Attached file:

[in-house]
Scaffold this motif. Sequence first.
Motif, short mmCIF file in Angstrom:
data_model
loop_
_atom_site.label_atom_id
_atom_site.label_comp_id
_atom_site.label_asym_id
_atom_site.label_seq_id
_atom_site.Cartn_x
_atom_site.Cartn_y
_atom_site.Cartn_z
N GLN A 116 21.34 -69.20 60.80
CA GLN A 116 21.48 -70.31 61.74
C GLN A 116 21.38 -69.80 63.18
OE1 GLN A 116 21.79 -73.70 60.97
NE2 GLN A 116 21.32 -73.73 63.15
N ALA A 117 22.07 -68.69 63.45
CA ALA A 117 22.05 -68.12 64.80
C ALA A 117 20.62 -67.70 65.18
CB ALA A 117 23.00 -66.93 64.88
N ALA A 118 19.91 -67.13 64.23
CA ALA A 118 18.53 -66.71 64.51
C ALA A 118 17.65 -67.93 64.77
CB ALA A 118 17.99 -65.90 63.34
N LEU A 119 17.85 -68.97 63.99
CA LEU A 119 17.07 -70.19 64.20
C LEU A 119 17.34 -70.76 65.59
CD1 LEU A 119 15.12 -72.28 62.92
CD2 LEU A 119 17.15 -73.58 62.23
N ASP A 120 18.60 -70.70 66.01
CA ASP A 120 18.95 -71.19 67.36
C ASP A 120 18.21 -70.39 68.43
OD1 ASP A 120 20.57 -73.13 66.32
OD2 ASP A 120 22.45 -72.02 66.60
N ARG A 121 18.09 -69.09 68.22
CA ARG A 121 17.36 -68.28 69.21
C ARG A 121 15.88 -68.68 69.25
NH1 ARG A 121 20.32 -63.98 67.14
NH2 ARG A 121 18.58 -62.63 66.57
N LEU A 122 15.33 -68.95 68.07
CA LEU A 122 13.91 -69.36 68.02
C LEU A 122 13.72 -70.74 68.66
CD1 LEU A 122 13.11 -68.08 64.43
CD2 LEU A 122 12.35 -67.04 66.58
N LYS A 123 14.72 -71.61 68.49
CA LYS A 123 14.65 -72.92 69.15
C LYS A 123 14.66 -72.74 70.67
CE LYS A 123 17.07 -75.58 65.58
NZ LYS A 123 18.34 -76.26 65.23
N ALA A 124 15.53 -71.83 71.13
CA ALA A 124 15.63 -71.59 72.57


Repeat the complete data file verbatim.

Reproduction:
[in-house]
Scaffold this motif. Sequence first.
Motif, short mmCIF file in Angstrom:
data_model
loop_
_atom_site.label_atom_id
_atom_site.label_comp_id
_atom_site.label_asym_id
_atom_site.label_seq_id
_atom_site.Cartn_x
_atom_site.Cartn_y
_atom_site.Cartn_z
N GLN A 116 21.34 -69.20 60.80
CA GLN A 116 21.48 -70.31 61.74
C GLN A 116 21.38 -69.80 63.18
OE1 GLN A 116 21.79 -73.70 60.97
NE2 GLN A 116 21.32 -73.73 63.15
N ALA A 117 22.07 -68.69 63.45
CA ALA A 117 22.05 -68.12 64.80
C ALA A 117 20.62 -67.70 65.18
CB ALA A 117 23.00 -66.93 64.88
N ALA A 118 19.91 -67.13 64.23
CA ALA A 118 18.53 -66.71 64.51
C ALA A 118 17.65 -67.93 64.77
CB ALA A 118 17.99 -65.90 63.34
N LEU A 119 17.85 -68.97 63.99
CA LEU A 119 17.07 -70.19 64.20
C LEU A 119 17.34 -70.76 65.59
CD1 LEU A 119 15.12 -72.28 62.92
CD2 LEU A 119 17.15 -73.58 62.23
N ASP A 120 18.60 -70.70 66.01
CA ASP A 120 18.95 -71.19 67.36
C ASP A 120 18.21 -70.39 68.43
OD1 ASP A 120 20.57 -73.13 66.32
OD2 ASP A 120 22.45 -72.02 66.60
N ARG A 121 18.09 -69.09 68.22
CA ARG A 121 17.36 -68.28 69.21
C ARG A 121 15.88 -68.68 69.25
NH1 ARG A 121 20.32 -63.98 67.14
NH2 ARG A 121 18.58 -62.63 66.57
N LEU A 122 15.33 -68.95 68.07
CA LEU A 122 13.91 -69.36 68.02
C LEU A 122 13.72 -70.74 68.66
CD1 LEU A 122 13.11 -68.08 64.43
CD2 LEU A 122 12.35 -67.04 66.58
N LYS A 123 14.72 -71.61 68.49
CA LYS A 123 14.65 -72.92 69.15
C LYS A 123 14.66 -72.74 70.67
CE LYS A 123 17.07 -75.58 65.58
NZ LYS A 123 18.34 -76.26 65.23
N ALA A 124 15.53 -71.83 71.13
CA ALA A 124 15.63 -71.59 72.57